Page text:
“However, while we await a new President and his supporting team I imagine the FIA is a little rudderless, and certainly not feared by the teams who lived in great trepidation of Mosley and the ‘bringing the sport into disrepute’ clause.”
The nine-time podium sitter reflected on the broadcasted radio exchanges between Masi and the teams, saying they wouldn’t have gone down well with Whiting.
“Until this year any correspondence from the pit wall to race control was not broadcast, and it’s totally unacceptable to hear team bosses and team managers even pre-empting situations and lobbying,” he said.
“They are only doing their jobs but in earlier days would have been given short shrift by Charlie.
“Toto Wolff’s outrageous call to Masi to lobby for no safety car for Antonio Giovinazzi’s stricken Alfa Romeo in Abu Dhabi, and Christian Horner telling the world seven days earlier how much F1 missed Charlie Whiting because the restart grid in Saudi Arabia felt like a ‘Souk negotiation’, which didn’t age well for him, simply wouldn’t have happened before,” Brundle insisted, going on to say that these communication “tools need to be more regulated”.
Mercedes were too cautious
With the race seemingly swinging towards Hamilton and Mercedes, Brundle insists that Mercedes were too cautious when they might have been better off taking some risks at some pivotal points of the race.
“When that ‘virtual safety car’ arrived on lap 35 despite Toto’s protestations, Mercedes didn’t pit Hamilton, they were desperate to keep track position,” he said.
“This was too cautious and perhaps driven consciously by not wanting to risk having to pass Verstappen. His aggressive driving style with nothing to lose was likely in their psyche and decision-making process.
“If Max had stayed out, given Lewis’ superior speed and then on fresher tyres he would surely have retaken the lead at some point providing he could safely navigate past.
“Nonetheless Lewis still had the speed to win comfortably and had Max’s charge on fresh hard tyres after the ‘virtual safety car’ well covered,” the Sky pundit mused.
Red Bull using Sergio Perez doesn’t make you feel proud of F1
“This was despite losing eight seconds being held up by Checo Perez in the sister Red Bull who had stayed out on his original tyres.
“It was good team play, something I’d flagged up the potential of very early in commentary and would have undoubtedly orchestrated myself on the Red Bull pitwall, but it doesn’t make me feel particularly proud for F1,” Brundle admitted.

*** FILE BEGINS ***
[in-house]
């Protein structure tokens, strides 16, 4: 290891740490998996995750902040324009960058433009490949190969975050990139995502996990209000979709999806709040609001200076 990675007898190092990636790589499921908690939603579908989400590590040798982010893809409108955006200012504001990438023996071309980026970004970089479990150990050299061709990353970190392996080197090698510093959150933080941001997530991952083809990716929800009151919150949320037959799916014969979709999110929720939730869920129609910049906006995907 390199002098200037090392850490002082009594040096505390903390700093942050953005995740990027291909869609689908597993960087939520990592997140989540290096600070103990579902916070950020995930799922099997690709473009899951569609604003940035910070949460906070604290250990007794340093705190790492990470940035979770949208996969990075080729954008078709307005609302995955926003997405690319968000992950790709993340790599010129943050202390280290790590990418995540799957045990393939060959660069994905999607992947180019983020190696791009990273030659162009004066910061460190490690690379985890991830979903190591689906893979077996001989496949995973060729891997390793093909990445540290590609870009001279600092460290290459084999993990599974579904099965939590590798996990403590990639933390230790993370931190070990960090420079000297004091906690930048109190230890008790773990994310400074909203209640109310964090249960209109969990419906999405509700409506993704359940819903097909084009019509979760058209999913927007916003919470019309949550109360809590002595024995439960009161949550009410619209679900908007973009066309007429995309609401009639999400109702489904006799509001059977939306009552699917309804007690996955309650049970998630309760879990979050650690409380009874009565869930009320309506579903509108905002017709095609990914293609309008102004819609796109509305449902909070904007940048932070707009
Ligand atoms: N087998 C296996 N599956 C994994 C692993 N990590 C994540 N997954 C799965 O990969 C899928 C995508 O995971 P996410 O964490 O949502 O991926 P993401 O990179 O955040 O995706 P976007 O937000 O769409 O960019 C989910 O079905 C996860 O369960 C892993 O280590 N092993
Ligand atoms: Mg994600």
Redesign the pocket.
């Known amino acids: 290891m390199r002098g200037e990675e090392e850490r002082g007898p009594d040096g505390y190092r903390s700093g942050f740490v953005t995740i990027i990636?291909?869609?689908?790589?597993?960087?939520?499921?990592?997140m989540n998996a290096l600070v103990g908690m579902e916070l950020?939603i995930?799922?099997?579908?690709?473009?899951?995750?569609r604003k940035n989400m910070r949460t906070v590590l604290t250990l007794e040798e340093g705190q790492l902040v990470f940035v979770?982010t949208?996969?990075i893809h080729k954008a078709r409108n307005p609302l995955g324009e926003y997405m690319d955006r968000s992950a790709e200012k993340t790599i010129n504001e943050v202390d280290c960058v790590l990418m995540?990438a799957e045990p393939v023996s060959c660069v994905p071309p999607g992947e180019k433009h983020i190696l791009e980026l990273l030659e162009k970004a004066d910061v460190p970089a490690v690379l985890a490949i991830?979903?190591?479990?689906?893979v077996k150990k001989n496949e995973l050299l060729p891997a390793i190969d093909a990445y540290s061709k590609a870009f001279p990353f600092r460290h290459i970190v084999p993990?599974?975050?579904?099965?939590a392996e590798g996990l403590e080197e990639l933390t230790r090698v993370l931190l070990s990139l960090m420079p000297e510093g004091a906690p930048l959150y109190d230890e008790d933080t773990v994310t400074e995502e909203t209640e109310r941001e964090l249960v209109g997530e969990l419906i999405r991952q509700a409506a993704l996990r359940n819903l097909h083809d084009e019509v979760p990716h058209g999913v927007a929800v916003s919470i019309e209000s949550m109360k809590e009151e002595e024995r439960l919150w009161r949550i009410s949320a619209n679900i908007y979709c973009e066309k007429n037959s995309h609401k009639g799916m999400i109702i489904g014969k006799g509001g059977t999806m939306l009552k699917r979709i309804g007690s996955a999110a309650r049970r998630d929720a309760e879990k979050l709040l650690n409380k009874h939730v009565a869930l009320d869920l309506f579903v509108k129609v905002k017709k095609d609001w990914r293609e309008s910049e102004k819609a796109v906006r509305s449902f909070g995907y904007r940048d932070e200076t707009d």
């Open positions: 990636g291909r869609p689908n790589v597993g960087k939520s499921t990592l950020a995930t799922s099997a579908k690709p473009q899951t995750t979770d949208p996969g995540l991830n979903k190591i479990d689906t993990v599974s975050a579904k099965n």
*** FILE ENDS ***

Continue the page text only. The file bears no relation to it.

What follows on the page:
Race should have been Red Flagged
The Safety Car was deployed to remove the Williams of Nicholas Latifi who crashed at Turn 14 on lap 53, but Brundle believes there should have been a Red Flag.
“In hindsight this should have been a red flag so that everyone could reset, the track could be cleared, and we’d have a straight final championship duel on matching tyres from a standing start,” he looked back.
“However that would set a precedent for more red flags in the future. As potentially could have happened back in Azerbaijan, we don’t want a race, and so championship, finishing with the cars lined up stationary in the pit lane.
“Nobody wants to see a safety-car finish to any GP but there’s a procedure laid out where on the last lap the safety car can take to the pitlane and without any further overtaking the field can take the chequered flag.
“This generates all the right images without a road car with flashing lights apparently winning the race,” Brundle explained.
Rules had a hybrid interpretation
“Masi understandably didn’t want to release the lapped cars until the track was clear of the crashed car, a recovery vehicle, and people,” Brundle pointed out.
“The last two aspects will rightly forever be sensitive topics in motorsport. It’s optional whether it’s deemed safe enough to let lapped cars unlap themselves, of course a safety car always means either an accident, track debris, or heavy rain, but the regulations say ‘any lapped cars’ and not ‘all’.
“Cue the lawyers as just the key five were waved through to put Verstappen directly behind and even alongside Hamilton for the last lap charge.
“Mercedes will forever feel that the last lap was duty bound to be behind the safety car,” he believed, saying that the “hybrid interpretation” of the rules “decided that Verstappen on a fresh set of soft compound tyres as Red Bull had pitted again with nothing to lose, would be world champion instead of Hamilton”.
No malice, but change is needed
“I’m not going to make any accusations here whatsoever that there was any malice or intent in those decisions and actions because I have zero evidence or expectations in that respect, and you’ve all made your minds up anyway,” Brundle claimed.
“I can understand why Mercedes and team Hamilton feel aggrieved, just as Red Bull would have done if the race finished behind the safety car. Talk about being between rock and a hard place.
“I’ve said for years that lapped drivers should fall back behind the runners on the lead lap so as not to prolong the safety car procedure.
“Also the Race Director now needs a trusted and experienced wing man, especially in next year’s 23-race marathon including a new venue in Miami, and teams should be very limited on the number of times they can challenge race control mid-race throughout a season so they are used more strategically when there’s a fair and relevant point to be made.
“We simply can’t have the referee bullied like that,” Brundle concluded.